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Fluoride-salt-cooled high-temperature reactor (FHR)

The FHR is an advanced reactor that combines high-temperature reactor fuel developed for gas cooled reactors with a liquid salt coolant. This combination gives the FHR the capability to couple to a Nuclear Air-Brayton Combined Cycle (NACC) power system similar to power conversion systems used in natural gas plants. NACC enables efficient production of base-load electricity, electric grid stabilization, and the production of peak electricity with use of auxiliary natural gas or ultimately hydrogen. These capabilities may (1) increase plant revenue by up to 50% relative to base-load nuclear power plants and (2) match the needs for a 2030 low-carbon nuclear-electrical grid. MIT leads a consortium including the University of California at Berkeley, the University of Wisconsin, and Westinghouse that is developing this advanced reactor concept.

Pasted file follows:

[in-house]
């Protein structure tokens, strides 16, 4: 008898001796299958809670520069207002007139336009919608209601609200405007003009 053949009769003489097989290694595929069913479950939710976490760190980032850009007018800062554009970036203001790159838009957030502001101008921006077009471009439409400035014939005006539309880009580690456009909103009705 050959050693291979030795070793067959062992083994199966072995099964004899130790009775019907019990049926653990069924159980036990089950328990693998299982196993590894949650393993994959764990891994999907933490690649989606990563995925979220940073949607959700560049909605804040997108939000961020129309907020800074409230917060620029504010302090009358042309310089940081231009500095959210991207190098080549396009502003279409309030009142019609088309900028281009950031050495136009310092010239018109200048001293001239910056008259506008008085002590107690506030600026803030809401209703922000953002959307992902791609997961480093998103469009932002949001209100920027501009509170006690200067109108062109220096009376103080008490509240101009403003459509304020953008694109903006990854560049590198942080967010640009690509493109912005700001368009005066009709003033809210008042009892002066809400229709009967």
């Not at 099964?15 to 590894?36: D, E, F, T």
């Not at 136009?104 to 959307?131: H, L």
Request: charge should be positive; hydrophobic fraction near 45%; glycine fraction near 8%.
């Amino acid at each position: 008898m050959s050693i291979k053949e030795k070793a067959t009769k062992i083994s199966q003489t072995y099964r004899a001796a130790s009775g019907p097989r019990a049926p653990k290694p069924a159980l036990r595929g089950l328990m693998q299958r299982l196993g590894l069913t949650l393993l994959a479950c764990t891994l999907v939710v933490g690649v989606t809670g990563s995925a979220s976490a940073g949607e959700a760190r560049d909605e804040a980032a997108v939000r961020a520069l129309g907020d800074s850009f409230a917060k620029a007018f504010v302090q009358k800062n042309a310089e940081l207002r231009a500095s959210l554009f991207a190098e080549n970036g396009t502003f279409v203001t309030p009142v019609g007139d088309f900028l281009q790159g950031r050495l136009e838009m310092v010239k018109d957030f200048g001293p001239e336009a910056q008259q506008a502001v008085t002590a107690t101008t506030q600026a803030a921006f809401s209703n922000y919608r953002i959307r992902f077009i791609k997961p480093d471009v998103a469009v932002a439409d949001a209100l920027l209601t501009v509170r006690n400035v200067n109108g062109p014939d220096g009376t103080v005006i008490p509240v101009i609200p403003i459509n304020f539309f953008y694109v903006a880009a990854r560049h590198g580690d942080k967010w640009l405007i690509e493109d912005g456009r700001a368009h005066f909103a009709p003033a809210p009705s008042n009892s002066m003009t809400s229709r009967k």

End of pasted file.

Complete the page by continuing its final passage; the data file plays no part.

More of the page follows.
Publications

  1. Forsberg, C. W., et.al. 2013. Fluoride Salt Cooled High-Temperature Reactors (FHRs) for Base Load and Peak Electricity, Grid Stabilization, and Process Heat,” MIT-ANP-TR-147, Massachusetts Institute of Technology Center for Advanced Nuclear Energy Systems, Cambridge, MA, USA (2013), download pdf
  2. Forsberg, C.W., Meeting the Needs of the 2030 Electrical Grid with a Fluoride-Salt-Cooled High-Temperature Reactor (FHR), [Defines FHR Strategy for a commercial machine], March 2013.

 

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